Companies try to avoid liability for asbestos-related diseases
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Companies try to avoid liability for asbestos-related diseases

Mesothelioma is a devastating form of cancer. Although there is no cure for this cancer that attacks the organ linings, there are treatments available to slow its spread and reduce the symptoms it causes. Those treatments can cause someone hundreds of thousands of dollars in medical care.

Many people with mesothelioma developed the cancer because of the work they did years ago. Industries ranging from automotive repair to shipbuilding could have led to dangerous levels of environmental asbestos exposure.

Companies that expose their workers to asbestos without adequate safeguards in place are often held accountable for the financial losses a household suffers after a mesothelioma diagnosis. Unfortunately, claiming compensation can be a difficult process.

Why is it hard to get compensation for mesothelioma?

It often takes decades for mesothelioma to develop after unsafe exposure to asbestos. That can make it more difficult for a worker to conclusively prove that one specific company bears the responsibility for their illness.

As if that weren’t bad enough, the companies themselves may take active steps to avoid paying for more compensation claims related to asbestos exposure at work. Some companies will hire attorneys to fight claimants.

Since that approach doesn’t limit their liability enough, many businesses who knowingly endangered their workers will also file bankruptcy related to the asbestos-related claims that workers can bring against their business.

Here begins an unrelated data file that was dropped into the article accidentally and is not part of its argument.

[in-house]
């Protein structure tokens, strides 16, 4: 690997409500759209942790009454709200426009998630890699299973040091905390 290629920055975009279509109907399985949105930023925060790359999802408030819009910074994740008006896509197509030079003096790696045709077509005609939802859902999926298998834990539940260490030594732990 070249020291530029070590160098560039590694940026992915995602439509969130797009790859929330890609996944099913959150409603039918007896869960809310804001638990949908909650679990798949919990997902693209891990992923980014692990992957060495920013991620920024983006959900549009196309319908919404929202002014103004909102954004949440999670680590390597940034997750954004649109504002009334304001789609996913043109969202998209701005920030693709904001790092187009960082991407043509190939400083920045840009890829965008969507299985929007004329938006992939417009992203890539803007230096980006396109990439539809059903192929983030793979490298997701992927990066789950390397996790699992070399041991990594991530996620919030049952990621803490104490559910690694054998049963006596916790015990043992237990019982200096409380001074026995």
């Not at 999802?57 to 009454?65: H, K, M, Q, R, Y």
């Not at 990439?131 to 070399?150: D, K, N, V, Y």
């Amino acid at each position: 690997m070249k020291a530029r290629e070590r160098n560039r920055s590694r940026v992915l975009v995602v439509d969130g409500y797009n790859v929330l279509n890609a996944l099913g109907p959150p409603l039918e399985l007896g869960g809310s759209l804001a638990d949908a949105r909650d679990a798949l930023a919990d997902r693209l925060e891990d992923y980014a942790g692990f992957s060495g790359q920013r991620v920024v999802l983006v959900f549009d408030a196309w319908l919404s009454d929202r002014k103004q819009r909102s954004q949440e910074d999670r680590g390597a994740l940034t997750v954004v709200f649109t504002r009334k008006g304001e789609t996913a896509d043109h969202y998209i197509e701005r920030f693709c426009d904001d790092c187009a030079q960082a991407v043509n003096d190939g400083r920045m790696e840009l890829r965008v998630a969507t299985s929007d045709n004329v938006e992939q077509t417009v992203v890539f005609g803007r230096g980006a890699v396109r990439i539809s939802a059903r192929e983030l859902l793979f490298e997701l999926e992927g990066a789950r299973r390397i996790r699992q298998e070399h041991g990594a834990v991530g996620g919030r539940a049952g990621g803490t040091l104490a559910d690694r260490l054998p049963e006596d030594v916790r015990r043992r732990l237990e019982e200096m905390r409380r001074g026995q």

Companies flooded with asbestos claims often choose to file bankruptcy

In most kinds of bankruptcy proceedings, a company has to make good on its debts while liquidating assets or restructuring its obligations and debts to repay those with the highest priority. In an asbestos-related bankruptcy, a business can continue doing operations as usual.

The process actually serves to protect the company rather than the people with legitimate claims against it. The courts can effectively protect the business’s current financial holdings and physical assets from claims by workers with mesothelioma.

Instead of allowing claims against the business, the bankruptcy courts facilitating the process will allow the company to set aside a specific amount of resources, called an asbestos bankruptcy fund, that workers with mesothelioma and similar asbestos-related diseases can make claims against when they need support.

Workers who need to take action against a former employer because of mesothelioma and those who must make a claim against bankruptcy trusts often need patience and support when striving to connect with compensation.